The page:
This is well-designed field study that evaluated a subjective categorization of deer behavior before and after the installation of roadway reflectors (with four different colors). The study was completed on a college campus with low speed vehicles. Overall, 70 percent or more of the deer reaction observations were either negative and neutral. The researchers concluded that the reflectors did not deter deer from crossing the roadway. Given the long history of conflicting results in this subject area, the completion of a similar study on a higher speed roadway would be desirable to confirm/refute these results.
Deer Responses to Soundfrom a Vehicle Mounted Sound-Production System. Journal of Wildlife Management. 73 (7): pp. 1072-1076
This is likely the first well-designed field study of audible deer whistles or, more specifically, the sounds that they are advertised to emit. The study was completed on a college campus with low speed vehicles. Deer reactions were observed to a range of sounds. The researchers conclude that there was no change in deer behavior due to the sound projections tested. A similar study on a higher speed roadway with commercially available whistles would be desirable.
Effectiveness of Acoustic Road Markings Wildlife Biology 10: 155-159 (2004)
This article summarized here focused on the potential impact and habitation of fallow deer to sounds produced by two acoustic road markings in Denmark. The designs of these road markings are not shared in detail and the study was specifically designed to just study the sounds (i.e., it was done with recordings with fallow deer). The study results generally show that deer habituate to “startle” stimuli and that even if a sound frequency is changed the habituation may remain. The outcome of this study should be considered similar stimuli-based mitigation measures are being considered or evaluated.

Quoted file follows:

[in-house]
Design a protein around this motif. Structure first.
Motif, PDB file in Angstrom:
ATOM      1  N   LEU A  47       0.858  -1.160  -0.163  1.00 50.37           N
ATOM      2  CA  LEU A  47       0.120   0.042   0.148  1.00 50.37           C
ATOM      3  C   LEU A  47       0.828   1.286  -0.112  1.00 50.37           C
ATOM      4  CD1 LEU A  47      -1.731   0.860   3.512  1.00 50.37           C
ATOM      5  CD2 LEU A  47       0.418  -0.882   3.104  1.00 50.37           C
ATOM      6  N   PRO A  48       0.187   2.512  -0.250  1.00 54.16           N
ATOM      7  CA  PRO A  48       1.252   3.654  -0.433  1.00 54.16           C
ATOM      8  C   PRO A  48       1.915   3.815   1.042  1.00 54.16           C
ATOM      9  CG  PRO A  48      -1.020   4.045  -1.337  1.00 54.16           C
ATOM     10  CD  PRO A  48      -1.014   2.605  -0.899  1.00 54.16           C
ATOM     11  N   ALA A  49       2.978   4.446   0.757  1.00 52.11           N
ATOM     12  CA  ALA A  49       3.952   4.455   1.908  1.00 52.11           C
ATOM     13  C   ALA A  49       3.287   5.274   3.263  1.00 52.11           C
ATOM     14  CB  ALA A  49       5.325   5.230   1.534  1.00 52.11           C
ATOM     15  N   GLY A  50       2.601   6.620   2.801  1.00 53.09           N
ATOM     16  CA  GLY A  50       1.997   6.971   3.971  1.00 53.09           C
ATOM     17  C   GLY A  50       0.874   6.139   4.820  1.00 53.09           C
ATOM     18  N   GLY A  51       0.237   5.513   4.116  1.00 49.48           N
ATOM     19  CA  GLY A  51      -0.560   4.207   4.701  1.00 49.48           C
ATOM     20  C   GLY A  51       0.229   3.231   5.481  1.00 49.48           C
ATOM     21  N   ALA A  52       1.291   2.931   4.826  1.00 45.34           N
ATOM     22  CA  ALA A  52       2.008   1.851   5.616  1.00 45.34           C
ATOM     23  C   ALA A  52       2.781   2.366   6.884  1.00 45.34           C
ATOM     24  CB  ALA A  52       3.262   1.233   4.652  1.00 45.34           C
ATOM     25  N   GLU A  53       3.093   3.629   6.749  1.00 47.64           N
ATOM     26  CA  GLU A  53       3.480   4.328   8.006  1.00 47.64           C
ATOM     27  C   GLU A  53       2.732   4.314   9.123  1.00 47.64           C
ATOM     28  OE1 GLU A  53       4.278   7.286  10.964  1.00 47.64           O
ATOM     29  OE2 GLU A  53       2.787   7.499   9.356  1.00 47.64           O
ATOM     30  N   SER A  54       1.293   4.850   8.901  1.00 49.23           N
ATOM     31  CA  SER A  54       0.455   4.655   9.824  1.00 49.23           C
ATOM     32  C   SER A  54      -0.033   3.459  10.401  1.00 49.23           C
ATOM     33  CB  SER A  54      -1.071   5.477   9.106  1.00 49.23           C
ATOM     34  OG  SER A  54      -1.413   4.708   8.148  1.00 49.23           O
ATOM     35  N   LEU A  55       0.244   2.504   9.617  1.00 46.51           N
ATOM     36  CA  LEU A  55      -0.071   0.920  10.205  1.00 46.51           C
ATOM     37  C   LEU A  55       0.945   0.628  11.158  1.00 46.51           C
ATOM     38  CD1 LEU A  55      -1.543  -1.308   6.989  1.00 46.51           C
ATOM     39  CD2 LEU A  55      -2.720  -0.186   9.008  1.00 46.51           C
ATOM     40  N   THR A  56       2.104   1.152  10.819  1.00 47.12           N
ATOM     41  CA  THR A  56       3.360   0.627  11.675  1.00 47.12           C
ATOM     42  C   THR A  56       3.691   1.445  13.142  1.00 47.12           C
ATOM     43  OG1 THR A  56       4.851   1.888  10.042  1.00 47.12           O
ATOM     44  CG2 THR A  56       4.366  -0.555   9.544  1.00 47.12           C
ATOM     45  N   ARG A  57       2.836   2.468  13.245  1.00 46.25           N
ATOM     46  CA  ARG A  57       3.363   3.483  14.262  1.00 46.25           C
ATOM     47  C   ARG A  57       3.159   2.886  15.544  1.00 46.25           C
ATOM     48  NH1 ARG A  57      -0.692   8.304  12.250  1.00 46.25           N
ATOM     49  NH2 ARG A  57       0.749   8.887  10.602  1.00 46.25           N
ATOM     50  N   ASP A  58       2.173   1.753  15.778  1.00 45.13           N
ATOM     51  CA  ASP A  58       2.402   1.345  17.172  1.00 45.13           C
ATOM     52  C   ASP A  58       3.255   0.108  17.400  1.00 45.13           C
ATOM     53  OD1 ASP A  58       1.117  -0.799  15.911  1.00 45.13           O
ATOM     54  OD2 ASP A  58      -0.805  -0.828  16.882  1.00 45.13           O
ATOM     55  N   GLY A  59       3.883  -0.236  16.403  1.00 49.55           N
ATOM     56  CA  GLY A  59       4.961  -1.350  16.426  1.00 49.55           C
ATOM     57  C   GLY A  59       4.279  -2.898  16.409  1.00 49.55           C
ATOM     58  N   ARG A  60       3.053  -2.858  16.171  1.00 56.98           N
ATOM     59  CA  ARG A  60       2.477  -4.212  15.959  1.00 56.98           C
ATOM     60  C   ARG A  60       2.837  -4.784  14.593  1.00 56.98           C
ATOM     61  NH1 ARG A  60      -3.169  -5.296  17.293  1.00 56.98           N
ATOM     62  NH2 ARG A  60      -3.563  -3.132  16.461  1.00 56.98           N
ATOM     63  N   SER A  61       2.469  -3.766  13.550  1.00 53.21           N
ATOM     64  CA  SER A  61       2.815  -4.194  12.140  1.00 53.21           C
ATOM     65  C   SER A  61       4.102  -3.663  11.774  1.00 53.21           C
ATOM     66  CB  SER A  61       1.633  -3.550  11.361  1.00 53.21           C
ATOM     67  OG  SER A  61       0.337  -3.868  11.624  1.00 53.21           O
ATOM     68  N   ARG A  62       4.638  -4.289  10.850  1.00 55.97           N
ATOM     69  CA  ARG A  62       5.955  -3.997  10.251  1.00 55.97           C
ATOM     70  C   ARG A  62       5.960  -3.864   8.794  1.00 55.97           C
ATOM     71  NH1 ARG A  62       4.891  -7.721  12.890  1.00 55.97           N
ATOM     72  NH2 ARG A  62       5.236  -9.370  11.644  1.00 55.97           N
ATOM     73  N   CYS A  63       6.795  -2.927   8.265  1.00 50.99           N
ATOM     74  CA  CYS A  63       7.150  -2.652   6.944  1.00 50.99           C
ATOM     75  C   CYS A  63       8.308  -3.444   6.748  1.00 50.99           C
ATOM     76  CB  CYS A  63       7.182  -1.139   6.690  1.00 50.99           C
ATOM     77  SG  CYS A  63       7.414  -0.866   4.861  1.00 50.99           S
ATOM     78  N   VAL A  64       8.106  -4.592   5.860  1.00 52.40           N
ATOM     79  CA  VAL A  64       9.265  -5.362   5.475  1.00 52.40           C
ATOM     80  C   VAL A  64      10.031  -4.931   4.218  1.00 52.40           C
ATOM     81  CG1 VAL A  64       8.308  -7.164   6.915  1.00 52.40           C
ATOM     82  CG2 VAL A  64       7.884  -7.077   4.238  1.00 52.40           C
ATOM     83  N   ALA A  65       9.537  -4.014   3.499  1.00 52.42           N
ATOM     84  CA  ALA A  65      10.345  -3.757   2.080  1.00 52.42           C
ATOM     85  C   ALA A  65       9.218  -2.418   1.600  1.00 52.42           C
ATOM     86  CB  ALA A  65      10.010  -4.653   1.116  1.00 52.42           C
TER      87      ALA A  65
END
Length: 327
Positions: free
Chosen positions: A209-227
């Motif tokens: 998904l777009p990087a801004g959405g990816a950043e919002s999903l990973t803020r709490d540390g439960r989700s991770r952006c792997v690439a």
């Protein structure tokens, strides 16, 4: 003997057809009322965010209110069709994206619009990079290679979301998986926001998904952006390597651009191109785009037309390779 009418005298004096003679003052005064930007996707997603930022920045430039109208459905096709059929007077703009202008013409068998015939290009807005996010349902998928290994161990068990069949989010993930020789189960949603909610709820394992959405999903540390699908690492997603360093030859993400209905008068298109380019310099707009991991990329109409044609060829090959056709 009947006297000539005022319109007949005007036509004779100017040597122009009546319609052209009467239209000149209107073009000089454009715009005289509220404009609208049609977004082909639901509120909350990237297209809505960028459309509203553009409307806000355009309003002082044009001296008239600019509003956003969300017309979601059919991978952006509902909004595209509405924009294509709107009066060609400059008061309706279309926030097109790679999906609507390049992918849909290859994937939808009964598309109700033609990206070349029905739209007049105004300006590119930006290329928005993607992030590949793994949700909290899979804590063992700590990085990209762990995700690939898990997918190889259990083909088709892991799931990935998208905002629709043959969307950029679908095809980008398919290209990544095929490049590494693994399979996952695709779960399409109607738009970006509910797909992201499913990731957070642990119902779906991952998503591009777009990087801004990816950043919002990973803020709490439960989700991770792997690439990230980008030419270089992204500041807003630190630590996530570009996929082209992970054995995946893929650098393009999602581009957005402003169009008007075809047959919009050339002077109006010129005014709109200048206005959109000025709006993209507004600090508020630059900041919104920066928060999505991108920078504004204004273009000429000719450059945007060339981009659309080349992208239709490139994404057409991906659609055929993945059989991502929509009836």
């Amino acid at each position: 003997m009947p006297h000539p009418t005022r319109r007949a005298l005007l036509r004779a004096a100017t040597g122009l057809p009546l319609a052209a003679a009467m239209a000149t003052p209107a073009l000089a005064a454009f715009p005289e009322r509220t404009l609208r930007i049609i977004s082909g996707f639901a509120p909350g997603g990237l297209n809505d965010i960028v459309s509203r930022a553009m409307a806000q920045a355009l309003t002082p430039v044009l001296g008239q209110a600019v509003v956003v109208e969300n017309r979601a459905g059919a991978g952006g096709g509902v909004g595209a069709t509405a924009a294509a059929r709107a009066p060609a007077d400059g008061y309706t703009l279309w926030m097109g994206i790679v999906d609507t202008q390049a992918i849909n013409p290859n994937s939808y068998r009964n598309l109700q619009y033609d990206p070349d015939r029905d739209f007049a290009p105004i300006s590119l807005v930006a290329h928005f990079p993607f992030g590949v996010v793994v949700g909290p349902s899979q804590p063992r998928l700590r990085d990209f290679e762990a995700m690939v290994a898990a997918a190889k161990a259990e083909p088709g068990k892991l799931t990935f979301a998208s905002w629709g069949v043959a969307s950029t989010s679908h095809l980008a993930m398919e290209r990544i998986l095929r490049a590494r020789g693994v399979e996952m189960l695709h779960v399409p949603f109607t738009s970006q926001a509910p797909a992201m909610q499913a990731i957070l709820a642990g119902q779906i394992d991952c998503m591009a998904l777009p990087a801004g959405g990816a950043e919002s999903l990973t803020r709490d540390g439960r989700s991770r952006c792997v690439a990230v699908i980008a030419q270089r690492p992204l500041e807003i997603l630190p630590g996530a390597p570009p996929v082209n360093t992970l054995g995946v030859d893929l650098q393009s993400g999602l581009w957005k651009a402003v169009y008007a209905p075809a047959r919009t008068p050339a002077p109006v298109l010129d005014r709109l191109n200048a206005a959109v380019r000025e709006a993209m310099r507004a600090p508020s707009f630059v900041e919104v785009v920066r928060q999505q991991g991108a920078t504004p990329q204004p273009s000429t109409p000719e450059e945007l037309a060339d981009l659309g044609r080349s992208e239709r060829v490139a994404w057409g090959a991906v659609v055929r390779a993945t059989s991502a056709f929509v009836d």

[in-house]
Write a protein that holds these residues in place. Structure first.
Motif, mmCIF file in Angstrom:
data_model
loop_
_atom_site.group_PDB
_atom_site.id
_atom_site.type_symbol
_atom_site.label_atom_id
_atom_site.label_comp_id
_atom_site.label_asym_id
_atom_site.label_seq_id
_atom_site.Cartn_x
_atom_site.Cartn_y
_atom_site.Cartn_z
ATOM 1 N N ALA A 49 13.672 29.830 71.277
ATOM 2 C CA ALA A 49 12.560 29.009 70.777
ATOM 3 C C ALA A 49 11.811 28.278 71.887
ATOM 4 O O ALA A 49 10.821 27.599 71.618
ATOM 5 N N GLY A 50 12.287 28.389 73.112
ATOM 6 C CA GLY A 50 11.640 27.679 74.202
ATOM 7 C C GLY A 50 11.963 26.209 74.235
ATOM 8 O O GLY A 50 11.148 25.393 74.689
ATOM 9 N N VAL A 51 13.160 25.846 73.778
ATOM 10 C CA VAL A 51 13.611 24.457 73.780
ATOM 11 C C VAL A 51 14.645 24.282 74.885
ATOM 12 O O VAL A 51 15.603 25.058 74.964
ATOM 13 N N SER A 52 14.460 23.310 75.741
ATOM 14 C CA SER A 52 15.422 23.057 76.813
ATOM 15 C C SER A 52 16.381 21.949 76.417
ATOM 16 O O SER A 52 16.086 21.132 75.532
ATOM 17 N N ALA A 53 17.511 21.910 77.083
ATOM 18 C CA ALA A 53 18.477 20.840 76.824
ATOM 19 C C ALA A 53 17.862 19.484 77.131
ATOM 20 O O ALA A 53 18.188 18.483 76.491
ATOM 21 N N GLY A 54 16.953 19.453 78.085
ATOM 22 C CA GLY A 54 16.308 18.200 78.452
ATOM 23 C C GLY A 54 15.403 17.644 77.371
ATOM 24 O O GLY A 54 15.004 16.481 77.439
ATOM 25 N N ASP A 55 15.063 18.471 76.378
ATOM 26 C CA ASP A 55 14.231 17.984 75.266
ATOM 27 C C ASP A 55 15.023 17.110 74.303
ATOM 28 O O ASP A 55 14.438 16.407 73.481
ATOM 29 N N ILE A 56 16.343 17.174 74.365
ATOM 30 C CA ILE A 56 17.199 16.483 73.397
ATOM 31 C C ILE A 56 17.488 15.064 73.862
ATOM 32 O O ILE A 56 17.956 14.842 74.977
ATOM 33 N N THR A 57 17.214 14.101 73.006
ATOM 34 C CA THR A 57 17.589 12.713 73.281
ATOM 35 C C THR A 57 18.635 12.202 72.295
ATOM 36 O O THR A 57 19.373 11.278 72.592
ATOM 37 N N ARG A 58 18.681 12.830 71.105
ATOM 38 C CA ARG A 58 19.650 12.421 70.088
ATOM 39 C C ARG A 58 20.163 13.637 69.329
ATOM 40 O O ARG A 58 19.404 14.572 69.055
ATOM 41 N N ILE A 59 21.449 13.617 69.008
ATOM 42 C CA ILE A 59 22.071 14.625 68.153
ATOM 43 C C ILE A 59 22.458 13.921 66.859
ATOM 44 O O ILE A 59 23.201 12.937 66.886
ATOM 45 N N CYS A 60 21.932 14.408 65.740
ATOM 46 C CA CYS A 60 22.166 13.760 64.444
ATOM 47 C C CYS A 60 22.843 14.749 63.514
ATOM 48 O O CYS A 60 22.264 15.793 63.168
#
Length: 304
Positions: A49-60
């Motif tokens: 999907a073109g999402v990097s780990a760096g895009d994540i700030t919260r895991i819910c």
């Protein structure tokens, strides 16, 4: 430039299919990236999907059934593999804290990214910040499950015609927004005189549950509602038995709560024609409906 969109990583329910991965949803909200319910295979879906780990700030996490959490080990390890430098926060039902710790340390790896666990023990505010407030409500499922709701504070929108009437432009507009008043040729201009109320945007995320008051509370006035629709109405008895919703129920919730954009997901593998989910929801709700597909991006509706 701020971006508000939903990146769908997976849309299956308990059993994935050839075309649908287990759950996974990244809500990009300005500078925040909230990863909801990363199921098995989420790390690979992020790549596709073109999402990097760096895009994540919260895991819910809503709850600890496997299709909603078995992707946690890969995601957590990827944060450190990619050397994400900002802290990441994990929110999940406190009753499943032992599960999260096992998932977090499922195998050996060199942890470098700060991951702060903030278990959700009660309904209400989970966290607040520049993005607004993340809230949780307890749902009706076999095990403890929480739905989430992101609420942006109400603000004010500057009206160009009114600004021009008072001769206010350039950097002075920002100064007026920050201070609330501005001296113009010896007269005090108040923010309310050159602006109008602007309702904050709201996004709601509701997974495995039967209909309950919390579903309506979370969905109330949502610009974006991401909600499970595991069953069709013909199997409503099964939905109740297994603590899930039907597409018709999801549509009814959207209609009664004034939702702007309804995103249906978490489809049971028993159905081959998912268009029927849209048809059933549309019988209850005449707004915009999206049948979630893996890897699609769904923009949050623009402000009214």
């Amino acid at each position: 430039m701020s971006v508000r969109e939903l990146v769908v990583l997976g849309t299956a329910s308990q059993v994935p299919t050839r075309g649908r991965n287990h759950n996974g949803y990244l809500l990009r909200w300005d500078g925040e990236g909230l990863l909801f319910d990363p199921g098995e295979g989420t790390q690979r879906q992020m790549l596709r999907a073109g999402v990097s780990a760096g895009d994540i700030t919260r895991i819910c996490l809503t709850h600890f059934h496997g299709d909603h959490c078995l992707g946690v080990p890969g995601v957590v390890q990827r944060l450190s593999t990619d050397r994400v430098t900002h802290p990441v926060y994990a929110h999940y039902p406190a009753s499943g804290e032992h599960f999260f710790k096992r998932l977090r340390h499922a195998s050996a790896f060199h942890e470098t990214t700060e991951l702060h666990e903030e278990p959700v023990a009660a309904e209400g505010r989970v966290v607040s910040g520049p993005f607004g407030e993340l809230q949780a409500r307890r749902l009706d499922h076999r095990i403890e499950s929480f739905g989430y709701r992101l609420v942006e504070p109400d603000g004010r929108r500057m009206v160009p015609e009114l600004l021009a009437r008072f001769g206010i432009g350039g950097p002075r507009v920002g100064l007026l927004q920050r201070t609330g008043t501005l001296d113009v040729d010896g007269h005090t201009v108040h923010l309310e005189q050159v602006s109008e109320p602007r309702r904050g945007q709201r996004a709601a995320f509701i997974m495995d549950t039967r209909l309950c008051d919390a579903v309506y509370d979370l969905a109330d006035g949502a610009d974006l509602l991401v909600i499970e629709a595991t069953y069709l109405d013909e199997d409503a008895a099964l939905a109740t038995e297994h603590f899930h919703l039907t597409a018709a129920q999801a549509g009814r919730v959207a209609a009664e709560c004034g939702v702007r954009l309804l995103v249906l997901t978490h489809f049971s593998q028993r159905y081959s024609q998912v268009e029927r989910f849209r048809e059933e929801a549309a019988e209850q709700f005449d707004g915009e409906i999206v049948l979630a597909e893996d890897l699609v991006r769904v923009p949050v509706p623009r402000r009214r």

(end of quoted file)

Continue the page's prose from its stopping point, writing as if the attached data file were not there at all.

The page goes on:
NCHRP Synthesis 370 – Animal Vehicle Data Collection (2007)
This synthesis document is a good summary of the AVC and AC data collection efforts currently being completed within the United States and Canada. Some of the results appear to support the confusion that can occur when DOTs and DNRs are asked about animal collision data. They often use similar terms to describe significantly different databases. Recommendations to improve AVC and AC data and its use are included.
Deer Avoidance: The Assessment of Real World Enhanced Deer Signage in a Virtual Environment (2004)
This is a small simulator study of deer crossing warning sign designs. It appears to be the first to consider the attention value (through eye scan tracking) of traditional and enhanced signs of this type. The results support what is generally accepted, based on best practices, about the lack of impact traditional (rather than dynamic) “occasional hazard” warning signs have on driver behavior.
Effectiveness of Animal Advisory Messages as a Speed Reduction Tool: A Case Study in Montana. Transportation Research Record No. 1973, pp. 64-72
The content of this article may be of interest to jurisdictions considering the use of portable or permanent dynamic message signs to display wildlife-vehicle collision warnings. The results of the project described are somewhat limited but the authors conclude that the average vehicle speeds appeared to be smaller when messages specific to wildlife-vehicle crashes were displayed. It is proposed that a more significant project be completed in this subject area.